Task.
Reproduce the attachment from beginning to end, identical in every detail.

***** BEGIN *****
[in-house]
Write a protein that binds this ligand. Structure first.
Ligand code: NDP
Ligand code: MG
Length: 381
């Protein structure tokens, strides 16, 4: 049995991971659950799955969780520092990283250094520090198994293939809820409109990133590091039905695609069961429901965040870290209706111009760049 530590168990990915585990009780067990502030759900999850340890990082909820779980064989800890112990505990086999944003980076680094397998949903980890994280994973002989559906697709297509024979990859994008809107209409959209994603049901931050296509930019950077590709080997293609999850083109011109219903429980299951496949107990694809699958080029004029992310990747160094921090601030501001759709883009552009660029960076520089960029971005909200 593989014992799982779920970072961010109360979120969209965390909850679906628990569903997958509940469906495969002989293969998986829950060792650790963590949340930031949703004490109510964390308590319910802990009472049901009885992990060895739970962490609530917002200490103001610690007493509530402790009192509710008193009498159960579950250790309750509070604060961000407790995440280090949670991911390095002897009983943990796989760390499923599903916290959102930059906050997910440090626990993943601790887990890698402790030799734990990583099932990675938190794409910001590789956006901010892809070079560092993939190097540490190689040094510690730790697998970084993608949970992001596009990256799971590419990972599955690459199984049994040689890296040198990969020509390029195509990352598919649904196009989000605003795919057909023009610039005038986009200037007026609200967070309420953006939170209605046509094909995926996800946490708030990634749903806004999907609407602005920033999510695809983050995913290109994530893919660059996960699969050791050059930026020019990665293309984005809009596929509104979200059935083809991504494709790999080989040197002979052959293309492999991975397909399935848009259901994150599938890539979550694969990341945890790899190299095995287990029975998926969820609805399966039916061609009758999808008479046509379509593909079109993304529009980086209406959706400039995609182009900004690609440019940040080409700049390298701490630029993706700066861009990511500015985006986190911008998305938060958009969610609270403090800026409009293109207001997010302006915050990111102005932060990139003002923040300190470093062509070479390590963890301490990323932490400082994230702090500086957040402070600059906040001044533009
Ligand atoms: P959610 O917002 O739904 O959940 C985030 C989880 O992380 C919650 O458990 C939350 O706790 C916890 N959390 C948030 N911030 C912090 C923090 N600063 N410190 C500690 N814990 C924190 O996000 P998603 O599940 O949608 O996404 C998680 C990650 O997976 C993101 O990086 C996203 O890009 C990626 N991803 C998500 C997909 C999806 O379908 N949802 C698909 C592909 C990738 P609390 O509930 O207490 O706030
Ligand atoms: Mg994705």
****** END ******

[in-house]
Write a protein that binds this ligand. Structure first.
Ligand code: NDP
Ligand code: MG
Length: 381
């Protein structure tokens, strides 16, 4: 049995991971659950799955969780520092990283250094520090198994293939809820409109990133590091039905695609069961429901965040870290209706111009760049 530590168990990915585990009780067990502030759900999850340890990082909820779980064989800890112990505990086999944003980076680094397998949903980890994280994973002989559906697709297509024979990859994008809107209409959209994603049901931050296509930019950077590709080997293609999850083109011109219903429980299951496949107990694809699958080029004029992310990747160094921090601030501001759709883009552009660029960076520089960029971005909200 593989014992799982779920970072961010109360979120969209965390909850679906628990569903997958509940469906495969002989293969998986829950060792650790963590949340930031949703004490109510964390308590319910802990009472049901009885992990060895739970962490609530917002200490103001610690007493509530402790009192509710008193009498159960579950250790309750509070604060961000407790995440280090949670991911390095002897009983943990796989760390499923599903916290959102930059906050997910440090626990993943601790887990890698402790030799734990990583099932990675938190794409910001590789956006901010892809070079560092993939190097540490190689040094510690730790697998970084993608949970992001596009990256799971590419990972599955690459199984049994040689890296040198990969020509390029195509990352598919649904196009989000605003795919057909023009610039005038986009200037007026609200967070309420953006939170209605046509094909995926996800946490708030990634749903806004999907609407602005920033999510695809983050995913290109994530893919660059996960699969050791050059930026020019990665293309984005809009596929509104979200059935083809991504494709790999080989040197002979052959293309492999991975397909399935848009259901994150599938890539979550694969990341945890790899190299095995287990029975998926969820609805399966039916061609009758999808008479046509379509593909079109993304529009980086209406959706400039995609182009900004690609440019940040080409700049390298701490630029993706700066861009990511500015985006986190911008998305938060958009969610609270403090800026409009293109207001997010302006915050990111102005932060990139003002923040300190470093062509070479390590963890301490990323932490400082994230702090500086957040402070600059906040001044533009
Ligand atoms: P959610 O917002 O739904 O959940 C985030 C989880 O992380 C919650 O458990 C939350 O706790 C916890 N959390 C948030 N911030 C912090 C923090 N600063 N410190 C500690 N814990 C924190 O996000 P998603 O599940 O949608 O996404 C998680 C990650 O997976 C993101 O990086 C996203 O890009 C990626 N991803 C998500 C997909 C999806 O379908 N949802 C698909 C592909 C990738 P609390 O509930 O207490 O706030
Ligand atoms: Mg994705």